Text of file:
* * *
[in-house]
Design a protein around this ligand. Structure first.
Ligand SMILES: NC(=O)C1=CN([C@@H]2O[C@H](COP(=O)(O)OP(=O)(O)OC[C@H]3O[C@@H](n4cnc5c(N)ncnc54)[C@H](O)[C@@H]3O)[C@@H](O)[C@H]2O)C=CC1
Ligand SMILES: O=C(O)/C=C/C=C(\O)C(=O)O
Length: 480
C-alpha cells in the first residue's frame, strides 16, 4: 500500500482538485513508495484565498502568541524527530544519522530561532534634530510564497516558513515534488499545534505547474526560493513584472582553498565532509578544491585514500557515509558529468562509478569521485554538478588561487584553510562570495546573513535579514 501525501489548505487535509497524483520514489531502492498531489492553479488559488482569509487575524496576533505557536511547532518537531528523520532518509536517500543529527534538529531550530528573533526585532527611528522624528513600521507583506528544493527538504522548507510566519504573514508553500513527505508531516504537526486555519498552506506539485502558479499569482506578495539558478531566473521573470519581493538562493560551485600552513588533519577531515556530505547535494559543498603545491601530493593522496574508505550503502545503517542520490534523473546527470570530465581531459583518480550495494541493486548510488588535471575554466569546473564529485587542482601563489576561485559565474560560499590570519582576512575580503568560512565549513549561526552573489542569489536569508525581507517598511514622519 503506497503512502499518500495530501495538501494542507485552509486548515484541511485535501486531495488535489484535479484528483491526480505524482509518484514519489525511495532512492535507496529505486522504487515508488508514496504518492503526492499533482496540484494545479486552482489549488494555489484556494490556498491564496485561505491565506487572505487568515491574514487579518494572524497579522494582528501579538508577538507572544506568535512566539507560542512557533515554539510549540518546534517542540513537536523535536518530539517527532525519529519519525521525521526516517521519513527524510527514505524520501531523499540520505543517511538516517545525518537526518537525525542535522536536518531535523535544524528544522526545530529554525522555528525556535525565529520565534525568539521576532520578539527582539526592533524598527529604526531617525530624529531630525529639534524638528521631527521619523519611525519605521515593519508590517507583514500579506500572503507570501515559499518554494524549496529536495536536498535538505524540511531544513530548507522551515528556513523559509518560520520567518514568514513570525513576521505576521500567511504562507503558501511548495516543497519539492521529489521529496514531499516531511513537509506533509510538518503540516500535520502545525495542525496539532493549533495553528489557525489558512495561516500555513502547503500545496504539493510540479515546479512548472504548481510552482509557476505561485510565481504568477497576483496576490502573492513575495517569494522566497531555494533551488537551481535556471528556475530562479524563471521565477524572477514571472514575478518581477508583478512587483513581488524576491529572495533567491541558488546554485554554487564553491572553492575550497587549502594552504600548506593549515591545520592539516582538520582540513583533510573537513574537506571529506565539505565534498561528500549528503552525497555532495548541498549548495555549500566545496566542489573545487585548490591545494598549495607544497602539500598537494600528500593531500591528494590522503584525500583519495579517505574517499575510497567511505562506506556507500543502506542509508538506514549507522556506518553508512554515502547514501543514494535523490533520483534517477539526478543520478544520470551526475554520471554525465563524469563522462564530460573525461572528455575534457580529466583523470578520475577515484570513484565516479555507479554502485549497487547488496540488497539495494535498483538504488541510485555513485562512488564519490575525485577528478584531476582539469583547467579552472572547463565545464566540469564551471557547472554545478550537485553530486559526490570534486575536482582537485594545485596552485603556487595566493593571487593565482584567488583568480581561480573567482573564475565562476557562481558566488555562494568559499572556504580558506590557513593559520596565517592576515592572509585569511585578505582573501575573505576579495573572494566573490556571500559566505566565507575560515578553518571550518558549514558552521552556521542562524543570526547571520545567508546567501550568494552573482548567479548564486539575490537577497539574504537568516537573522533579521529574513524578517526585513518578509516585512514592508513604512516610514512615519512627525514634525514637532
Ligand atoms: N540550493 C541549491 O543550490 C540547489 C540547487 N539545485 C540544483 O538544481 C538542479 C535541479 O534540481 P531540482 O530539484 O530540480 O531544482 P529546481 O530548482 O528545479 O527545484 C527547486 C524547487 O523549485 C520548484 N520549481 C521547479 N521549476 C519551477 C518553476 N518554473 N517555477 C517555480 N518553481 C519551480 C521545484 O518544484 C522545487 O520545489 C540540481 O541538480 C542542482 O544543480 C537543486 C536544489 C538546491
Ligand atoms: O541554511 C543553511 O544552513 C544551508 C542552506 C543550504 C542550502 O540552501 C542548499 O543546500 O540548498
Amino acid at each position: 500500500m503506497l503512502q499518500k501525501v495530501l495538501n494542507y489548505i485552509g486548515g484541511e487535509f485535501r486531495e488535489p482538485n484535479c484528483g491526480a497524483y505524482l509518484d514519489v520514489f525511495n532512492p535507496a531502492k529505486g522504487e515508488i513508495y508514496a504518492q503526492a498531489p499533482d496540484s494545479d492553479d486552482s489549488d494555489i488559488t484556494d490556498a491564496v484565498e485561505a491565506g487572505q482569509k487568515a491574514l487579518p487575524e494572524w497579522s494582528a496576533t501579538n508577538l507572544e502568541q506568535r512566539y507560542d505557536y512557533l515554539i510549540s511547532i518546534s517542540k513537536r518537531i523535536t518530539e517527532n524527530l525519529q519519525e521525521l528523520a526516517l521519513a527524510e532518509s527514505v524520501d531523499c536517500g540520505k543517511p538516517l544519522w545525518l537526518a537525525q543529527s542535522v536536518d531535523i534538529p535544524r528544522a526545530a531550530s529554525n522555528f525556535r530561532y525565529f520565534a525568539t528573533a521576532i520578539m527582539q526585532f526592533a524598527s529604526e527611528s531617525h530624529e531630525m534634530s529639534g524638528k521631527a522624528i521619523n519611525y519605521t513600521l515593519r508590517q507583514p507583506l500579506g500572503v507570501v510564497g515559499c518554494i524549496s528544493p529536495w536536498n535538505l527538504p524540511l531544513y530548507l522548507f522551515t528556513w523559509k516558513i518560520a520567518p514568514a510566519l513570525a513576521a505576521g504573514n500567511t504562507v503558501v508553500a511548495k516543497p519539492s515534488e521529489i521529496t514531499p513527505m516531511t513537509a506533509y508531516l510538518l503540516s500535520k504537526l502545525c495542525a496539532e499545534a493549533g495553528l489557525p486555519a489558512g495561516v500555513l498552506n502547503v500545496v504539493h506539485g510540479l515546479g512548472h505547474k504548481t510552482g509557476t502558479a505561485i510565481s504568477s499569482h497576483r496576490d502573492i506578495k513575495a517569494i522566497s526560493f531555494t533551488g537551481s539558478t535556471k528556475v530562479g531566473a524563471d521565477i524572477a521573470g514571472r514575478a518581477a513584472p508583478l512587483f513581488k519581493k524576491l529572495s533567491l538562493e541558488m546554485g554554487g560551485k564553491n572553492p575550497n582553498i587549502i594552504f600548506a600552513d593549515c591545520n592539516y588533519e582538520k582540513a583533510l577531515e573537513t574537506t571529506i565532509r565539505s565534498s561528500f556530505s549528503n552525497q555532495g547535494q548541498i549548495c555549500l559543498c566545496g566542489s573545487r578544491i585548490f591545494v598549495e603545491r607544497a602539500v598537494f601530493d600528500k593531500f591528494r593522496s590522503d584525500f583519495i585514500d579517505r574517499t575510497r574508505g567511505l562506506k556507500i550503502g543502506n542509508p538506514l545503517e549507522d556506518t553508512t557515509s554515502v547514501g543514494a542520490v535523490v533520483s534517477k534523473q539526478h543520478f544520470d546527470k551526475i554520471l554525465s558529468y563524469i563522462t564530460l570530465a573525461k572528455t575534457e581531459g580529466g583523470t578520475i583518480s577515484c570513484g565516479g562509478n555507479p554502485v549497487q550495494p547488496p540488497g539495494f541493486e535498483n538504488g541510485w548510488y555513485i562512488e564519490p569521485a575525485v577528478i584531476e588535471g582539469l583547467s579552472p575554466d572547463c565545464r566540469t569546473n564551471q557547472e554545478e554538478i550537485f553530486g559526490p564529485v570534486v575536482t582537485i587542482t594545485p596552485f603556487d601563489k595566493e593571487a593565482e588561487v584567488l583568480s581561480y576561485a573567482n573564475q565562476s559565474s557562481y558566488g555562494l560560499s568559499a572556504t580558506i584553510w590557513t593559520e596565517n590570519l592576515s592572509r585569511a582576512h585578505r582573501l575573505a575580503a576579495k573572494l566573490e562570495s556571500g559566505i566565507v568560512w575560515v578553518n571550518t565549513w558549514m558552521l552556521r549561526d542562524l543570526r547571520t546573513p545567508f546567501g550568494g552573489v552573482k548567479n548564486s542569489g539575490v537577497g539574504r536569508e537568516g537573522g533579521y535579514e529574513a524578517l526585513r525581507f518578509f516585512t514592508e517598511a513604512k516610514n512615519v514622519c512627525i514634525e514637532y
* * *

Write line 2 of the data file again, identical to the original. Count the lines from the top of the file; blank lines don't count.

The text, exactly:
Design a protein around this ligand. Structure first.